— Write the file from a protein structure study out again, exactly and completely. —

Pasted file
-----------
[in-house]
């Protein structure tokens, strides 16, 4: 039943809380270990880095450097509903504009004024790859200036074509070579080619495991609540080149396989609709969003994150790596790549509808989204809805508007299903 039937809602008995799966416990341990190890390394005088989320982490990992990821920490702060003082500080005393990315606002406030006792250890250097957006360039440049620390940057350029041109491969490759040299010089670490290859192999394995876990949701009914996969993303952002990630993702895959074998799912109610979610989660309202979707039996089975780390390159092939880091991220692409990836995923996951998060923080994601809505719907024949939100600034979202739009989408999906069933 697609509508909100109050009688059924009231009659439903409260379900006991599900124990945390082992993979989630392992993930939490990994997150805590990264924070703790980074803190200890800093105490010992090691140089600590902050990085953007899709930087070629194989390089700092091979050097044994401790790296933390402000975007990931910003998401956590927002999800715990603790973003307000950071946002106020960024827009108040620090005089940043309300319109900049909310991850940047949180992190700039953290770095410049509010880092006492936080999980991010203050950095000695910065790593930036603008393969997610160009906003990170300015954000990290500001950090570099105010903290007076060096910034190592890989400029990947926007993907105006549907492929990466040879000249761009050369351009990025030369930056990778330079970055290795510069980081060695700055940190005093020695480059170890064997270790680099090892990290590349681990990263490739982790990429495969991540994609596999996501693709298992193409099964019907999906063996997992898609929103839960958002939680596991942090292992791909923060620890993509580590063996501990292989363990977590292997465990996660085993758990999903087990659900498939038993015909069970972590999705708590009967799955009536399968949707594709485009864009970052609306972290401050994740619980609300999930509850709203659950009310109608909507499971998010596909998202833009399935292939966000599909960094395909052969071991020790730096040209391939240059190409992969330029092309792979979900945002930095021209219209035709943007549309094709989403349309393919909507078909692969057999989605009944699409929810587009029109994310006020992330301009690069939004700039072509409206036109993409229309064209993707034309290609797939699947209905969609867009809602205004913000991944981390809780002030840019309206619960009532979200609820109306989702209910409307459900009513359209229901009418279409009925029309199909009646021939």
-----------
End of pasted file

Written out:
[in-house]
């Protein structure tokens, strides 16, 4: 039943809380270990880095450097509903504009004024790859200036074509070579080619495991609540080149396989609709969003994150790596790549509808989204809805508007299903 039937809602008995799966416990341990190890390394005088989320982490990992990821920490702060003082500080005393990315606002406030006792250890250097957006360039440049620390940057350029041109491969490759040299010089670490290859192999394995876990949701009914996969993303952002990630993702895959074998799912109610979610989660309202979707039996089975780390390159092939880091991220692409990836995923996951998060923080994601809505719907024949939100600034979202739009989408999906069933 697609509508909100109050009688059924009231009659439903409260379900006991599900124990945390082992993979989630392992993930939490990994997150805590990264924070703790980074803190200890800093105490010992090691140089600590902050990085953007899709930087070629194989390089700092091979050097044994401790790296933390402000975007990931910003998401956590927002999800715990603790973003307000950071946002106020960024827009108040620090005089940043309300319109900049909310991850940047949180992190700039953290770095410049509010880092006492936080999980991010203050950095000695910065790593930036603008393969997610160009906003990170300015954000990290500001950090570099105010903290007076060096910034190592890989400029990947926007993907105006549907492929990466040879000249761009050369351009990025030369930056990778330079970055290795510069980081060695700055940190005093020695480059170890064997270790680099090892990290590349681990990263490739982790990429495969991540994609596999996501693709298992193409099964019907999906063996997992898609929103839960958002939680596991942090292992791909923060620890993509580590063996501990292989363990977590292997465990996660085993758990999903087990659900498939038993015909069970972590999705708590009967799955009536399968949707594709485009864009970052609306972290401050994740619980609300999930509850709203659950009310109608909507499971998010596909998202833009399935292939966000599909960094395909052969071991020790730096040209391939240059190409992969330029092309792979979900945002930095021209219209035709943007549309094709989403349309393919909507078909692969057999989605009944699409929810587009029109994310006020992330301009690069939004700039072509409206036109993409229309064209993707034309290609797939699947209905969609867009809602205004913000991944981390809780002030840019309206619960009532979200609820109306989702209910409307459900009513359209229901009418279409009925029309199909009646021939």